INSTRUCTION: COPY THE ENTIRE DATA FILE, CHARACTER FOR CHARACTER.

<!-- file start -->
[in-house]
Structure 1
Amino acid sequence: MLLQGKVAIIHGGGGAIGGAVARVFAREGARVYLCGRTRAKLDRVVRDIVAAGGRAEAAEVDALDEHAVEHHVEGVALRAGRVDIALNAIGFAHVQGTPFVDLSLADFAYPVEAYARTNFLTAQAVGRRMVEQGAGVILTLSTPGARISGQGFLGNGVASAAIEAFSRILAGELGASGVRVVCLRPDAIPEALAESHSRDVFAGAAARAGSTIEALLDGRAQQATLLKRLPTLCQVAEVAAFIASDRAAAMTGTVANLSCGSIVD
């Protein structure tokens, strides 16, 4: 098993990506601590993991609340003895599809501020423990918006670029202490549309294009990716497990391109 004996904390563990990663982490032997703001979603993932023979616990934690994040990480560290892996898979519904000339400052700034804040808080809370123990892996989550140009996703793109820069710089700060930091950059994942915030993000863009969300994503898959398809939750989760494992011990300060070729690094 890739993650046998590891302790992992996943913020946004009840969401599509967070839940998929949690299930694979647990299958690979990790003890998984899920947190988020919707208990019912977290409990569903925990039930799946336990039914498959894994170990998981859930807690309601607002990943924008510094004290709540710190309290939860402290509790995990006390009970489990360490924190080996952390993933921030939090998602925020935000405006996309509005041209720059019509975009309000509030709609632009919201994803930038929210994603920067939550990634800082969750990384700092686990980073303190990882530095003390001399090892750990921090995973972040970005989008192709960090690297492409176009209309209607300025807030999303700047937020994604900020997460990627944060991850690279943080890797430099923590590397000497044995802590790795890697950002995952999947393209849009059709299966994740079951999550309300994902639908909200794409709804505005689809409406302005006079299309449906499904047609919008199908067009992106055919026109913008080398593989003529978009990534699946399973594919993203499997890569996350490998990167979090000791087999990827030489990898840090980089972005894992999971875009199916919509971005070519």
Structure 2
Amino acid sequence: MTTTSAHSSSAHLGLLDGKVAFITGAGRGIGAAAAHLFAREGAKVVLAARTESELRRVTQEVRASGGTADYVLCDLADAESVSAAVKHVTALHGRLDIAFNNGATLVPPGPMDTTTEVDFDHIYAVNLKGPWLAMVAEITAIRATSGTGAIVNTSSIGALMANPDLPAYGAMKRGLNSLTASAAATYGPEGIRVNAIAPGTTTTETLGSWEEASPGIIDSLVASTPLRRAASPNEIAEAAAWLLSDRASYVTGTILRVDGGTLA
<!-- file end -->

[in-house]
Structure 1
Amino acid sequence: MLLQGKVAIIHGGGGAIGGAVARVFAREGARVYLCGRTRAKLDRVVRDIVAAGGRAEAAEVDALDEHAVEHHVEGVALRAGRVDIALNAIGFAHVQGTPFVDLSLADFAYPVEAYARTNFLTAQAVGRRMVEQGAGVILTLSTPGARISGQGFLGNGVASAAIEAFSRILAGELGASGVRVVCLRPDAIPEALAESHSRDVFAGAAARAGSTIEALLDGRAQQATLLKRLPTLCQVAEVAAFIASDRAAAMTGTVANLSCGSIVD
């Protein structure tokens, strides 16, 4: 098993990506601590993991609340003895599809501020423990918006670029202490549309294009990716497990391109 004996904390563990990663982490032997703001979603993932023979616990934690994040990480560290892996898979519904000339400052700034804040808080809370123990892996989550140009996703793109820069710089700060930091950059994942915030993000863009969300994503898959398809939750989760494992011990300060070729690094 890739993650046998590891302790992992996943913020946004009840969401599509967070839940998929949690299930694979647990299958690979990790003890998984899920947190988020919707208990019912977290409990569903925990039930799946336990039914498959894994170990998981859930807690309601607002990943924008510094004290709540710190309290939860402290509790995990006390009970489990360490924190080996952390993933921030939090998602925020935000405006996309509005041209720059019509975009309000509030709609632009919201994803930038929210994603920067939550990634800082969750990384700092686990980073303190990882530095003390001399090892750990921090995973972040970005989008192709960090690297492409176009209309209607300025807030999303700047937020994604900020997460990627944060991850690279943080890797430099923590590397000497044995802590790795890697950002995952999947393209849009059709299966994740079951999550309300994902639908909200794409709804505005689809409406302005006079299309449906499904047609919008199908067009992106055919026109913008080398593989003529978009990534699946399973594919993203499997890569996350490998990167979090000791087999990827030489990898840090980089972005894992999971875009199916919509971005070519």
Structure 2
Amino acid sequence: MTTTSAHSSSAHLGLLDGKVAFITGAGRGIGAAAAHLFAREGAKVVLAARTESELRRVTQEVRASGGTADYVLCDLADAESVSAAVKHVTALHGRLDIAFNNGATLVPPGPMDTTTEVDFDHIYAVNLKGPWLAMVAEITAIRATSGTGAIVNTSSIGALMANPDLPAYGAMKRGLNSLTASAAATYGPEGIRVNAIAPGTTTTETLGSWEEASPGIIDSLVASTPLRRAASPNEIAEAAAWLLSDRASYVTGTILRVDGGTLA